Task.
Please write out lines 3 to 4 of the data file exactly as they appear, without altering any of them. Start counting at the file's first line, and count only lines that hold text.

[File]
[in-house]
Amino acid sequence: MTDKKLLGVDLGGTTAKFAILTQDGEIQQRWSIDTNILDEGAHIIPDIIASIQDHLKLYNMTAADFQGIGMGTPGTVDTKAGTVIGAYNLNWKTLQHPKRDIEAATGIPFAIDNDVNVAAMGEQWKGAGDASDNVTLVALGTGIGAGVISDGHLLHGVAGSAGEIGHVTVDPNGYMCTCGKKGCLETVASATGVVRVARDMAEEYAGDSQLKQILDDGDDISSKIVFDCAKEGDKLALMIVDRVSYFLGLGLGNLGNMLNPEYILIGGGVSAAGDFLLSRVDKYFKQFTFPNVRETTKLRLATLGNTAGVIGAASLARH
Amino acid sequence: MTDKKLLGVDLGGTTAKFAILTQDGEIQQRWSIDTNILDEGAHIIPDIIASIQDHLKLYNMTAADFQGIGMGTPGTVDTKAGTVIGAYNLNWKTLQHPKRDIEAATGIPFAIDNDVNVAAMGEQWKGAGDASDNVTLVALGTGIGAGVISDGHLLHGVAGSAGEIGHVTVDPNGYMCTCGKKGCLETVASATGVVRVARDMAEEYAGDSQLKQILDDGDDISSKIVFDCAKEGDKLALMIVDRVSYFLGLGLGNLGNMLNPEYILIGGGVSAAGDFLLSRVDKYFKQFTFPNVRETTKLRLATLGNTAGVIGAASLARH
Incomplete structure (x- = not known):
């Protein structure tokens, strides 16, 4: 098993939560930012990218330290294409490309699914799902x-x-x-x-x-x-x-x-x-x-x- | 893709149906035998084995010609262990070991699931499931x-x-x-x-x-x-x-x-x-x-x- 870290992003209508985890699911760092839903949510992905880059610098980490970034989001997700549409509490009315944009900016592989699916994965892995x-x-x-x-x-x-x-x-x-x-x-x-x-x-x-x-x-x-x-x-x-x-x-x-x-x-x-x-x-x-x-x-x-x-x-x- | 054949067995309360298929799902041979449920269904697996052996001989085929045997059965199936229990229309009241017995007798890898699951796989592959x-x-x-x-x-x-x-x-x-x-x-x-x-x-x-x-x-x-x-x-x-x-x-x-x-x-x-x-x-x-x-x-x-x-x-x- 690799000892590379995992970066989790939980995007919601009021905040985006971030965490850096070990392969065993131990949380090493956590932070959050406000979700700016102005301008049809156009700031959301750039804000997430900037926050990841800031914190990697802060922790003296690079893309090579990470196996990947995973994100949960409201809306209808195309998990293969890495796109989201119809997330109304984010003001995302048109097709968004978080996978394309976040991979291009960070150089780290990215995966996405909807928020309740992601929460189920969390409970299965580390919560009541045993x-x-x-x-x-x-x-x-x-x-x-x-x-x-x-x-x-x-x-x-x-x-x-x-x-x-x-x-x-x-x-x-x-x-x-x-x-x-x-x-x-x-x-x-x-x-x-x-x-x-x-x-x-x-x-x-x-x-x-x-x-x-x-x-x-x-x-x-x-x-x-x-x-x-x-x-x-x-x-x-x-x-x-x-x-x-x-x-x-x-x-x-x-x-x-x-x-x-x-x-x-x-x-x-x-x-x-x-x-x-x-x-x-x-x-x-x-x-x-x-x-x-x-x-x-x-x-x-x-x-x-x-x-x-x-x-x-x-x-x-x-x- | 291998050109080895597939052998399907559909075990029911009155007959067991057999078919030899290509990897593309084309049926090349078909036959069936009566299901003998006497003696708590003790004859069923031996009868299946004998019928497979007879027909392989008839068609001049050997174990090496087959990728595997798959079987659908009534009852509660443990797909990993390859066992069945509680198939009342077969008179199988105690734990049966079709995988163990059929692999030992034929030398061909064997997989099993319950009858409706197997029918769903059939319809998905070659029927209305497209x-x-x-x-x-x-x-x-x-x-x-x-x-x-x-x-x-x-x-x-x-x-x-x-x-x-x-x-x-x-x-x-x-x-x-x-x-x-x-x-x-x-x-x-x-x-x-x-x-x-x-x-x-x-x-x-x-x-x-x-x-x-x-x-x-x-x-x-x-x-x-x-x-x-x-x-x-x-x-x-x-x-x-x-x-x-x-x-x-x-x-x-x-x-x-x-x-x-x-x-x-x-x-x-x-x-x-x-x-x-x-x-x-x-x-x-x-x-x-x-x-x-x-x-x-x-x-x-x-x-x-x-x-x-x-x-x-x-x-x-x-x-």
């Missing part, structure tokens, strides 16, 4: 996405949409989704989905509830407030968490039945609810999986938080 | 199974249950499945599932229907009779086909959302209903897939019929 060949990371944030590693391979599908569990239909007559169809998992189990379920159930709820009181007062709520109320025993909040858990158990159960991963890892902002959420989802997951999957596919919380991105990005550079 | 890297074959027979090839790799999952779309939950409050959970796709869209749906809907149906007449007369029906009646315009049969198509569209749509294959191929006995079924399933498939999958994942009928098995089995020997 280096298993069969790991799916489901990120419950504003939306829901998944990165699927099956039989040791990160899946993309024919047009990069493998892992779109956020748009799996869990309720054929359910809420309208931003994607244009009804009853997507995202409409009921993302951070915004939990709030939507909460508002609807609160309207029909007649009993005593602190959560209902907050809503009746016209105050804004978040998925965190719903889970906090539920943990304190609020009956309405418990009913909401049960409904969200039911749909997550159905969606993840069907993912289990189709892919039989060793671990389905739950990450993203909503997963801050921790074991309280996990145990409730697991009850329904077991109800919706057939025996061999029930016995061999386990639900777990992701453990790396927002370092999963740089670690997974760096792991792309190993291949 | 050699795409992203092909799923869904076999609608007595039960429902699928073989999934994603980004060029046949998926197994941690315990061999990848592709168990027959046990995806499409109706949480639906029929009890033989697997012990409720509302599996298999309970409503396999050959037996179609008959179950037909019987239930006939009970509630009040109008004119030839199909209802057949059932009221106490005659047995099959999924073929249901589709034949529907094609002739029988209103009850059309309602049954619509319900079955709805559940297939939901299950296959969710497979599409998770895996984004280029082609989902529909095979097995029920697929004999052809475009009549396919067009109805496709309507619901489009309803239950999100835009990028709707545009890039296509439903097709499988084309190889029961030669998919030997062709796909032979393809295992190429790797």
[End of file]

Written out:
Amino acid sequence: MTDKKLLGVDLGGTTAKFAILTQDGEIQQRWSIDTNILDEGAHIIPDIIASIQDHLKLYNMTAADFQGIGMGTPGTVDTKAGTVIGAYNLNWKTLQHPKRDIEAATGIPFAIDNDVNVAAMGEQWKGAGDASDNVTLVALGTGIGAGVISDGHLLHGVAGSAGEIGHVTVDPNGYMCTCGKKGCLETVASATGVVRVARDMAEEYAGDSQLKQILDDGDDISSKIVFDCAKEGDKLALMIVDRVSYFLGLGLGNLGNMLNPEYILIGGGVSAAGDFLLSRVDKYFKQFTFPNVRETTKLRLATLGNTAGVIGAASLARH
Incomplete structure (x- = not known):